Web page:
Canada: Mandatory Minimum Sentences For Firearm Infractions: A Cruel And Unusual Punishment

On April 14, 2015 the Supreme Court of Canada released its decision in R v. Nur, 2015 SCC 15. The 6-3 majority held that the mandatory minimum sentences for possessing prohibited or restricted firearms that are loaded or kept with readily accessible ammunition are unconstitutional.

The mandatory minimum sentences set out in the Criminal Code required at least a three year prison sentence for a first offence and five years for a subsequent offence. The majority held that these mandatory minimums violated the guarantee in s 12 of the Canadian Charter of Rights and Freedoms against cruel and unusual punishment and were not saved by s 1 because they did not satisfy the minimal impairment test.

The case involved two respondents, Hussein Jama Nur and Sidney Charles, who were separately convicted of possession of a loaded, prohibited firearm. Nur and Charles were sentenced to three and five year mandatory minimum imprisonment terms, respectively. On appeal, the Ontario Court of Appeal held that the mandatory minimums were unconstitutional, but that the sentences imposed on Nur and Charles were appropriate. The Attorney General of Ontario and the Attorney General of Canada appealed, and the following constitutional questions were certified by the Court :

  1. Do the mandatory minimum terms of imprisonment in s 95(2)(a)(i) and (ii) of the Criminal Code infringe s 12 of the Charter?
  2. Do the mandatory minimum terms of imprisonment in s 95(2)(a)(i) and (ii) of the Criminal Code infringe s 7 of the Charter?
  3. If so, are they saved under s 1 of the Charter?

Mandatory Minimums Violate Section 12

Writing for the majority, the Chief Justice reasoned that the mandatory minimum sentence required by s 95(2)(a) was not cruel and unusual in most circumstances, including in the cases of Nur and Charles. However, the Chief Justice opined that applying the mandatory minimums in some reasonably foreseeable cases would violate s 12 of the Charter. Section 12 guarantees against cruel and unusual punishment. A sentence will be considered cruel and unusual if it is grossly disproportionate to the appropriate or proportionate sentence. Interestingly, beyond this test for a cruel and unusual sentence, the majority and dissent agreed on little else about the application of s 12.

The majority focused on reasonably foreseeable cases (or "reasonable hypotheticals") in which an individual innocently violates s 95(1) with no harm or risk flowing from the conduct. Although in her decision McLachlin CJ warns against focusing on a particular hypothetical, she imagines a few different examples in which the three year minimum sentence would be grossly disproportionate. One example is that of a licensed gun owner storing his gun and ammunition in his cottage when his license permits him to store it only in his home. Another is the case of a spouse finding herself in possession of her husband's firearm and innocently breaching the regulation.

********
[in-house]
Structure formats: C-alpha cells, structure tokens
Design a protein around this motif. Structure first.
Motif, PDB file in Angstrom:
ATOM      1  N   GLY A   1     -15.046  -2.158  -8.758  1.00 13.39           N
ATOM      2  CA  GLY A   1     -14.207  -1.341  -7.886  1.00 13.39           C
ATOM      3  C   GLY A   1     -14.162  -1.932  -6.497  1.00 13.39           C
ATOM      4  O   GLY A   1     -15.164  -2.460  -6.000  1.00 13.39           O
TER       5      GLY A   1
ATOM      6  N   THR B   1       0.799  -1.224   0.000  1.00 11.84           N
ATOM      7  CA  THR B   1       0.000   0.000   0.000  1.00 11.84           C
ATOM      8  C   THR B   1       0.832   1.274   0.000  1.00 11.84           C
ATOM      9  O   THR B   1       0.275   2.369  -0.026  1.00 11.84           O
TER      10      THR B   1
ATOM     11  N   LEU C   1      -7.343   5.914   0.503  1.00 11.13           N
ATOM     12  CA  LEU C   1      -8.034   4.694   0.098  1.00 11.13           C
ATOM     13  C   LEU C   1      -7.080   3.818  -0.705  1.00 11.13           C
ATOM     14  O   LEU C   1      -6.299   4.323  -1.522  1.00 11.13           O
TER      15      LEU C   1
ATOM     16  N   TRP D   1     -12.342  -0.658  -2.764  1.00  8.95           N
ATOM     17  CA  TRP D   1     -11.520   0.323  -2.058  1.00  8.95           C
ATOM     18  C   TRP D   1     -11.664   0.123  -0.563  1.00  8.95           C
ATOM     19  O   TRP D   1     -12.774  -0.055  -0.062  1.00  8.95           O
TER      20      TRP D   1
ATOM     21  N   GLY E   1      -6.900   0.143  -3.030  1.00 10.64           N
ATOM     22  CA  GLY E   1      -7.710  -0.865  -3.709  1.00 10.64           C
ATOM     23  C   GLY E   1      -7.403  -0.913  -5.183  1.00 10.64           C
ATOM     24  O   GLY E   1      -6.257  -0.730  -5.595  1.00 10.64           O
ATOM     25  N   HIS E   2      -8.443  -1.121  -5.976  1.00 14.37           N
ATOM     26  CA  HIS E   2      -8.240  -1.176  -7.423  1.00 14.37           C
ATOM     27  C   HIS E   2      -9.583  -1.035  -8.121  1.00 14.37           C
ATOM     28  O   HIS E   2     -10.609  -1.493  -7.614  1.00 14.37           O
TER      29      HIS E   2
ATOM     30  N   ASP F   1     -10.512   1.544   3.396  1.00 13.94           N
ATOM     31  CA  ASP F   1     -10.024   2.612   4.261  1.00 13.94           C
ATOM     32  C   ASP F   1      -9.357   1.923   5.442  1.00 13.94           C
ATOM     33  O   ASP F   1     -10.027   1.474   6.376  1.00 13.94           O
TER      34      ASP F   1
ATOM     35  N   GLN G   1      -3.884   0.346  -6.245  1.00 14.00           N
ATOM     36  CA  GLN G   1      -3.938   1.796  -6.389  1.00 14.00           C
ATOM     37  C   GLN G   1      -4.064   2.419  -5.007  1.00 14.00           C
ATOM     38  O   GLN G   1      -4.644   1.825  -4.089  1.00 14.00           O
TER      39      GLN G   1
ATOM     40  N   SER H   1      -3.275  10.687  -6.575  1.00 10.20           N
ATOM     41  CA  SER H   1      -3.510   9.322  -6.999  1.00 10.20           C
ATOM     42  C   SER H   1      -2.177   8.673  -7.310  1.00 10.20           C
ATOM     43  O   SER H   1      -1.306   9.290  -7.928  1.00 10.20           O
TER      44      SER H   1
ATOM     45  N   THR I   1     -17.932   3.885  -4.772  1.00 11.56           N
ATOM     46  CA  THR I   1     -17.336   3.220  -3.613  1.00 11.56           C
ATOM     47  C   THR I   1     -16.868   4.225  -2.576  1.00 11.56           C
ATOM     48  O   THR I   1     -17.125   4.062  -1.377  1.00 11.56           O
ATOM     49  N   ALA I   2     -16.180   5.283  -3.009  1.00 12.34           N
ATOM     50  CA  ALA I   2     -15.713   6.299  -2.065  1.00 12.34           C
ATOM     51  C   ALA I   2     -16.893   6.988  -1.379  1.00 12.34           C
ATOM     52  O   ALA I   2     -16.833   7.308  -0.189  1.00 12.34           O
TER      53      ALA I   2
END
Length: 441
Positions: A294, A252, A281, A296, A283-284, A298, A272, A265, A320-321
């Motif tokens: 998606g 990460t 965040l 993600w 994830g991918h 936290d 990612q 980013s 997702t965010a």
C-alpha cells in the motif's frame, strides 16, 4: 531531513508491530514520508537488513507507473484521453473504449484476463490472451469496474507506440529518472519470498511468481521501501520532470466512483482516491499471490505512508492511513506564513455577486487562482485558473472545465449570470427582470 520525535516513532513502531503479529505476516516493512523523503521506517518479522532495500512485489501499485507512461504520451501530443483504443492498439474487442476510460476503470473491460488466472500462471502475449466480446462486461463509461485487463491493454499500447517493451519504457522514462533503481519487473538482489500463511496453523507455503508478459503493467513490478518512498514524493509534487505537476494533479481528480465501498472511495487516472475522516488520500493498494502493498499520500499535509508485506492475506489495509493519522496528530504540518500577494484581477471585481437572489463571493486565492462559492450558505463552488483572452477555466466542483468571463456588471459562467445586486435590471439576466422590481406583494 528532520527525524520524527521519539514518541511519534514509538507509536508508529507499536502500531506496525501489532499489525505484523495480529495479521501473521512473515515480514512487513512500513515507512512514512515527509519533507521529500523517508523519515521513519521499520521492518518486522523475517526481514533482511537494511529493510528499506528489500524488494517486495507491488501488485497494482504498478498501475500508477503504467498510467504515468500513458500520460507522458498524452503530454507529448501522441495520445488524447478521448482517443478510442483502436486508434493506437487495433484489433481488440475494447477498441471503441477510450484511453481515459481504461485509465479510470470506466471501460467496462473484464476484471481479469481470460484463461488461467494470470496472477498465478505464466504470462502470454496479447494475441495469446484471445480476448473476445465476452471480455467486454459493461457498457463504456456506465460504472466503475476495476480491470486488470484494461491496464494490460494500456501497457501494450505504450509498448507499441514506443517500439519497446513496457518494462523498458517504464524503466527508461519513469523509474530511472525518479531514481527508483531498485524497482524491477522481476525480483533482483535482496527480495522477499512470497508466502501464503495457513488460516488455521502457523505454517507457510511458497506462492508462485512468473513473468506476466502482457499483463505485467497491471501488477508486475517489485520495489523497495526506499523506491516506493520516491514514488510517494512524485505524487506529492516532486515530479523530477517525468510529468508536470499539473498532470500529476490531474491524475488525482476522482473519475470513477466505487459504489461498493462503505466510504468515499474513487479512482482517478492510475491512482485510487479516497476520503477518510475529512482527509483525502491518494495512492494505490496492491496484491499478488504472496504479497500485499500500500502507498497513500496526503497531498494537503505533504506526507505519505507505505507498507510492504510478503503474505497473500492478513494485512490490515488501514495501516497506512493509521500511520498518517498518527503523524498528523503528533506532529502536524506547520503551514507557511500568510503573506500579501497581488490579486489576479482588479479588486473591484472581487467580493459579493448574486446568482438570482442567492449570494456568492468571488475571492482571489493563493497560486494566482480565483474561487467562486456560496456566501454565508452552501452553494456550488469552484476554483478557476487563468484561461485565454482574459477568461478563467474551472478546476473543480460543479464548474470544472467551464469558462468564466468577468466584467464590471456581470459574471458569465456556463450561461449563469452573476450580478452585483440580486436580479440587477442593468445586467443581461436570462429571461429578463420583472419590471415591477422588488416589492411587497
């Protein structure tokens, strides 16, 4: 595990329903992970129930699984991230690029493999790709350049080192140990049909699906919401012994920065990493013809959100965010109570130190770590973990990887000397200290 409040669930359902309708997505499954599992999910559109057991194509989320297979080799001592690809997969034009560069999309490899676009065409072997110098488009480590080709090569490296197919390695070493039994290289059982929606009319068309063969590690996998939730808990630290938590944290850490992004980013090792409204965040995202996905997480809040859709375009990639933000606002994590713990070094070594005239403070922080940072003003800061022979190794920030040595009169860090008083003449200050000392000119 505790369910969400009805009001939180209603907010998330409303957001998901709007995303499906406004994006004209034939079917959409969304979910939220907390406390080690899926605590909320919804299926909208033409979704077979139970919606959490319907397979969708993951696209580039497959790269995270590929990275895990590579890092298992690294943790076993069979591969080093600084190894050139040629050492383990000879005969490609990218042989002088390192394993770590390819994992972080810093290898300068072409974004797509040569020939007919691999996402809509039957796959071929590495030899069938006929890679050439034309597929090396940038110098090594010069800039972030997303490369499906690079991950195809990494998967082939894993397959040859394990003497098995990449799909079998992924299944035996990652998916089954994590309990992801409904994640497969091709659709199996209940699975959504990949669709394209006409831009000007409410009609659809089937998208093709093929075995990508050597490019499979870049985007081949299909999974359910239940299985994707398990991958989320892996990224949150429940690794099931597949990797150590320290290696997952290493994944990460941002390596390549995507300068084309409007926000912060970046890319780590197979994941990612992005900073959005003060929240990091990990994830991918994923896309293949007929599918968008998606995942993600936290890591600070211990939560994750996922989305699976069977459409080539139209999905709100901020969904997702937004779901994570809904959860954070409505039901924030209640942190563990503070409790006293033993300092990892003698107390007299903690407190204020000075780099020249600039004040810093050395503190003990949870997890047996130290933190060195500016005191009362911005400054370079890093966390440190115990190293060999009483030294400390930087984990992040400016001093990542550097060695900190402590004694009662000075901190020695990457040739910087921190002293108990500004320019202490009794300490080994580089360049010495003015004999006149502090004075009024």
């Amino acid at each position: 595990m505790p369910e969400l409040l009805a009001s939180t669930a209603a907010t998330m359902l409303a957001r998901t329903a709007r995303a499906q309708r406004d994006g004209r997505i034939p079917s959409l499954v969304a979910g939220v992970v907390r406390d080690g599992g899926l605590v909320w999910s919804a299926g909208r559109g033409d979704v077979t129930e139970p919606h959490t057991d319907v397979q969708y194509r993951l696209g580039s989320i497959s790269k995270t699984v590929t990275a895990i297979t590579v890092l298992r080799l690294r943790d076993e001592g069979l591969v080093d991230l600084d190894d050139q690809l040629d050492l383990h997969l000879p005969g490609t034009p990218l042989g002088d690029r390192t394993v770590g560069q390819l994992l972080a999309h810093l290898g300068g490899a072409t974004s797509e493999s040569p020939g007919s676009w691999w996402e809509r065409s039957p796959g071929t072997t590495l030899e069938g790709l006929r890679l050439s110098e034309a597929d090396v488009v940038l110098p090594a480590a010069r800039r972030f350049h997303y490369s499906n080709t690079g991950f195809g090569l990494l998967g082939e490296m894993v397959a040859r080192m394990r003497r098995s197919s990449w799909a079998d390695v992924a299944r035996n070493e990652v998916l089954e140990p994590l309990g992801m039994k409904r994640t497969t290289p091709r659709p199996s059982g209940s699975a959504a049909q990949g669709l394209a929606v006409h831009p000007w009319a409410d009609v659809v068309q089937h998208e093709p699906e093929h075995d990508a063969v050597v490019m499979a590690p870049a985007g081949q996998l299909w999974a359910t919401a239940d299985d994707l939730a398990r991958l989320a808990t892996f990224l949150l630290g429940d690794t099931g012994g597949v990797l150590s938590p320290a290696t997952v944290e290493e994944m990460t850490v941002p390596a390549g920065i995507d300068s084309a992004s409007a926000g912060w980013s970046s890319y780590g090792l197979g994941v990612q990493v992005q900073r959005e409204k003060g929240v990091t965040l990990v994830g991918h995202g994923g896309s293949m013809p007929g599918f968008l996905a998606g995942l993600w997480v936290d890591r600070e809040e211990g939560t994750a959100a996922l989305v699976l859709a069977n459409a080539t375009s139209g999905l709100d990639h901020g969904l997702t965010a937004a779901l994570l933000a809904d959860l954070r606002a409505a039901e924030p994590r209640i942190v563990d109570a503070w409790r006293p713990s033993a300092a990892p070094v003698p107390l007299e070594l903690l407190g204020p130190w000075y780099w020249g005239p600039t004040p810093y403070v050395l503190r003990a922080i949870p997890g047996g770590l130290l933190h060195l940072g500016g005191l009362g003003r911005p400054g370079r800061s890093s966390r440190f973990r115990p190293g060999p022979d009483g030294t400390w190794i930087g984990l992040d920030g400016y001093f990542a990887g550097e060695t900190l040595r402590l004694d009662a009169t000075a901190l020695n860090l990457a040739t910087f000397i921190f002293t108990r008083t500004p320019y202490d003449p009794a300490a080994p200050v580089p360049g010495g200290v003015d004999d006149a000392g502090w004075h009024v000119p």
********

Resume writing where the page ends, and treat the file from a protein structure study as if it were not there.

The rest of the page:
Because the mandatory minimums were grossly disproportionate in reasonable hypothetical examples, the majority concluded that the mandatory minimums constituted cruel and unusual punishment. Similarly, because the mandatory minimums applied to morally non-blameworthy conduct, they could not be justified under s 1 of the Charter: A minimally impairing mandatory minimum sentence must be drafted to ensure it closely corresponds with significantly morally blameworthy conduct.

In light of the successful s 12 challenge, the majority found it unnecessary to address the s 7 argument.

McLachlin CJ noted that the gross disproportionality test is meant to capture punishments that are more than merely excessive. The majority also observed that grossly disproportionate sentences cannot be justified by the goal of general deterrence.

However, the majority's analysis raised an issue that became a key point of disagreement between the majority and the dissent. Because s 95 is a hybrid offence, the Crown has the discretion to proceed either summarily (with a maximum sentence of one year) or by indictment (with the mandatory minimum). Since the mandatory minimum is not necessarily engaged in the majority's reasonable hypotheticals (because the Crown may elect to proceed summarily), it is not clear that cruel and unusual punishment would ever, in fact, result. Can the majority's reasonable hypothetical approach nevertheless form a legitimate basis for finding the mandatory minimums unconstitutional?

Does the Reasonable Hypothetical Approach Demonstrate Gross Disproportionality?

Writing for a dissent comprised of himself, Rothstein J and Wagner J, Moldaver J levied a two-pronged attack against the reasonable hypothetical approach. As the first prong, the dissent argued that allowing for summary proceedings under s 95 "all but ensures" that minor offences will not attract the mandatory minimum sentence and therefore the majority's reasonable hypotheticals "strain the bounds of credulity" and "are not grounded in experience or common sense".